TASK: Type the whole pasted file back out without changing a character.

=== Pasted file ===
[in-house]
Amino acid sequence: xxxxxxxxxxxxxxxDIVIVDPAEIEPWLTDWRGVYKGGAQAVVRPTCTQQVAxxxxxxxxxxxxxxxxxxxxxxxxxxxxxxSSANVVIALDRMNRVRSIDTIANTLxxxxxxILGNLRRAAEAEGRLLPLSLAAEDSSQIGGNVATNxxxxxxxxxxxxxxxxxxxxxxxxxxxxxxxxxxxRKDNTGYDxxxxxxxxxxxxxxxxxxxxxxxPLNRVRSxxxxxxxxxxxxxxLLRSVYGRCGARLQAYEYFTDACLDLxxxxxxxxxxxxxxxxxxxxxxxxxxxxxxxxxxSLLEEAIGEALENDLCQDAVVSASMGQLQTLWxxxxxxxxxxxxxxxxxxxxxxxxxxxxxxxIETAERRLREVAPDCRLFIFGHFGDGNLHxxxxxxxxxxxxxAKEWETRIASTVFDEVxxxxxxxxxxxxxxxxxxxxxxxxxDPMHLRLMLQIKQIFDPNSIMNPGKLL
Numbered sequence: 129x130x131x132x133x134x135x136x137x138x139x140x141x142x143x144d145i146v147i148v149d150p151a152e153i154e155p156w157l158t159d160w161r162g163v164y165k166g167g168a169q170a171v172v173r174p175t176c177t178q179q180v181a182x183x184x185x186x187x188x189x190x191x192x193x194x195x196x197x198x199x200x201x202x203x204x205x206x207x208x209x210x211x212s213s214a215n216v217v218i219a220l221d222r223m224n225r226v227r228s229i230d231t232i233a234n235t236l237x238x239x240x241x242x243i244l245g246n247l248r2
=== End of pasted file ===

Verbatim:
[in-house]
Amino acid sequence: xxxxxxxxxxxxxxxDIVIVDPAEIEPWLTDWRGVYKGGAQAVVRPTCTQQVAxxxxxxxxxxxxxxxxxxxxxxxxxxxxxxSSANVVIALDRMNRVRSIDTIANTLxxxxxxILGNLRRAAEAEGRLLPLSLAAEDSSQIGGNVATNxxxxxxxxxxxxxxxxxxxxxxxxxxxxxxxxxxxRKDNTGYDxxxxxxxxxxxxxxxxxxxxxxxPLNRVRSxxxxxxxxxxxxxxLLRSVYGRCGARLQAYEYFTDACLDLxxxxxxxxxxxxxxxxxxxxxxxxxxxxxxxxxxSLLEEAIGEALENDLCQDAVVSASMGQLQTLWxxxxxxxxxxxxxxxxxxxxxxxxxxxxxxxIETAERRLREVAPDCRLFIFGHFGDGNLHxxxxxxxxxxxxxAKEWETRIASTVFDEVxxxxxxxxxxxxxxxxxxxxxxxxxDPMHLRLMLQIKQIFDPNSIMNPGKLL
Numbered sequence: 129x130x131x132x133x134x135x136x137x138x139x140x141x142x143x144d145i146v147i148v149d150p151a152e153i154e155p156w157l158t159d160w161r162g163v164y165k166g167g168a169q170a171v172v173r174p175t176c177t178q179q180v181a182x183x184x185x186x187x188x189x190x191x192x193x194x195x196x197x198x199x200x201x202x203x204x205x206x207x208x209x210x211x212s213s214a215n216v217v218i219a220l221d222r223m224n225r226v227r228s229i230d231t232i233a234n235t236l237x238x239x240x241x242x243i244l245g246n247l248r2